Title

342 Smartphone and Wrist-Wearable-Based Biomarkers of Pain Severity After Emergency Department Discharge: Preliminary Results From the AURORA Study

Document Type

Conference Proceeding

Publication Date

10-2019

Publication Title

Ann Emerg Med

Abstract

Study Objectives: Adverse posttraumatic neuropsychiatric sequelae (APNS) such as posttraumatic pain cause great suffering in civilian trauma survivors and military personnel and are traditionally evaluated using self-report symptoms alone. Objective biobehavioral indicators are needed to more fully characterize posttraumatic phenotypes, gain new insights into pathophysiologic mechanisms, better understand patient experiences, and improve the assessment of patient recovery. Identifying objective biobehavioral indicators of APNS is a goal of the ongoing AURORA study, a ∼40 million-dollar effort funded by NIH, the DoD, and foundation and industry partners. Methods: AURORA performs serial assessments of neurocognitive, physiologic, digital phenotype, psychophysical, neuroimaging, and genomic domains in thousands of individuals who present to the ED after trauma exposure. The present analysis performed initial screening for state biomarkers of pain severity during the first eight weeks after trauma in an initial study sample (=867). Pain severity was assessed using latent variables developed from self-report questions administered via the Mindstrong smartphone App at six timepoints during the first eight weeks after trauma. State biomarkers were screened from two domains: heart rate variability (HRV) data were obtained from the Verily Study Watch, provided to all participants at the time of ED discharge, and activity metrics derived from the Mindstrong app. Associations between changes in pain severity and changes in candidate state biomarkers over time were assessed using Pearson correlation. Results: In screening analyses, a number of promising state biomarkers of pain severity were identified from both HRV and activity domains. Promising state biomarkers included measures of heart rate variability (eg, elevations in high frequency power, p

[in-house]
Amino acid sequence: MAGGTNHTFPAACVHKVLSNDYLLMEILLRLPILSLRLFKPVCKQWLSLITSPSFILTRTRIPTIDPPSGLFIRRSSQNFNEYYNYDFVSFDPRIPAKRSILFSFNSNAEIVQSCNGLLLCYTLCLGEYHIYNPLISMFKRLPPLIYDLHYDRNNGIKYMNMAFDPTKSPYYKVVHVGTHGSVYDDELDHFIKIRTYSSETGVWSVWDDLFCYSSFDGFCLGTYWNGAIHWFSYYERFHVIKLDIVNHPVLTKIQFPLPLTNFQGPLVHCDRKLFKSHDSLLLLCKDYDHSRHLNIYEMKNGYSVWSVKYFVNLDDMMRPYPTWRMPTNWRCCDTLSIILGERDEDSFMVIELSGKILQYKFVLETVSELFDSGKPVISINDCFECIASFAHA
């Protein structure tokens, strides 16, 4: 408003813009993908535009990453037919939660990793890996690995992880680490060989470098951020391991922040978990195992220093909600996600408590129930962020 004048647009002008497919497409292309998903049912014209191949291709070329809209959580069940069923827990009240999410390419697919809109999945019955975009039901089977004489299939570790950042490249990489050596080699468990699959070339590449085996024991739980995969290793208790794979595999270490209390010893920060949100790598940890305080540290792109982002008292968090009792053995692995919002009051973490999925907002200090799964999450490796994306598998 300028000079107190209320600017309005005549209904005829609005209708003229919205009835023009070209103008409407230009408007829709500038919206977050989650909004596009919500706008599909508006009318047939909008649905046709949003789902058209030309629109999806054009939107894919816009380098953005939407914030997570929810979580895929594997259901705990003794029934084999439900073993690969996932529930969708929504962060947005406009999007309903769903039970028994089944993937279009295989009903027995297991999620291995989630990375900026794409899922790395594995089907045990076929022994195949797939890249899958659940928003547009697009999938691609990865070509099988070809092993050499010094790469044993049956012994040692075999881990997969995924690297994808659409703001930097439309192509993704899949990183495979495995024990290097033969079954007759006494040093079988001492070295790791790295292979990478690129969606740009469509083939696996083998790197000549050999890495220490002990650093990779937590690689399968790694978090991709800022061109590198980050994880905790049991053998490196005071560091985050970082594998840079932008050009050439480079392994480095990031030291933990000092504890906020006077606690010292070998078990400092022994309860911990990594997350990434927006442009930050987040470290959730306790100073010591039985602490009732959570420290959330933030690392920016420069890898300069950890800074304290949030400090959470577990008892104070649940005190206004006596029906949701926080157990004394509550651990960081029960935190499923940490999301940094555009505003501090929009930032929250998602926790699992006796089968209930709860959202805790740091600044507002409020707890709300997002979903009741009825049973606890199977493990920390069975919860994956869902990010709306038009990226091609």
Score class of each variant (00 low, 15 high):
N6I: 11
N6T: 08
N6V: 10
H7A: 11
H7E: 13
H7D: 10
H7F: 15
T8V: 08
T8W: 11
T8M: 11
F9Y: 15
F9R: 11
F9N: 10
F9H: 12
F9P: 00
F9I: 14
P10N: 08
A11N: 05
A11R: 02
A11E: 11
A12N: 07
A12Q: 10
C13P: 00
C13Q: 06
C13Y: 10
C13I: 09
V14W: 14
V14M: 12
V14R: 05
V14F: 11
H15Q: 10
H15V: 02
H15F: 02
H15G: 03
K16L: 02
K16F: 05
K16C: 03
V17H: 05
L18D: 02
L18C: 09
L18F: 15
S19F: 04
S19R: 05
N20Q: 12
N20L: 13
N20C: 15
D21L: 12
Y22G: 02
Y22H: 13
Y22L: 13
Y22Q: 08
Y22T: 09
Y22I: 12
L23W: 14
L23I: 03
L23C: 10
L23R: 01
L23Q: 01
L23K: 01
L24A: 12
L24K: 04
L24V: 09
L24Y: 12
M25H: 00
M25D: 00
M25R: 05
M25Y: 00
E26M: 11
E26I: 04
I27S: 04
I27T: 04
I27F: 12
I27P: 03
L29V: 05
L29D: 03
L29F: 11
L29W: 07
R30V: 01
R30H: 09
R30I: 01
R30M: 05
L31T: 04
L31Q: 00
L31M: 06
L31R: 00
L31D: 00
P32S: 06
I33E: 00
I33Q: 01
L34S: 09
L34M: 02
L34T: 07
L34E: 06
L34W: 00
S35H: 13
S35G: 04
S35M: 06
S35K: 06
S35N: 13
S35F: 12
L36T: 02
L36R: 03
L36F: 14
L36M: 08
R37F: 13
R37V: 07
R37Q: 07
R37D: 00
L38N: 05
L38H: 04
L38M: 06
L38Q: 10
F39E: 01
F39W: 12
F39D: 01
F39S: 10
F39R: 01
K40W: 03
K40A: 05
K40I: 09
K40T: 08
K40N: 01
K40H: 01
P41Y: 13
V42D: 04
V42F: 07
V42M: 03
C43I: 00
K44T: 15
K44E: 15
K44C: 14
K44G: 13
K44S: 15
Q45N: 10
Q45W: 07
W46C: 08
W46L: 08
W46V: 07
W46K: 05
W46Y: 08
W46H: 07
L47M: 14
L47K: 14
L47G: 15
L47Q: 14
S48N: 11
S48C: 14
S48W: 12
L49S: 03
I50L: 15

Volume

74

Issue

4

First Page

S134

Last Page

S135

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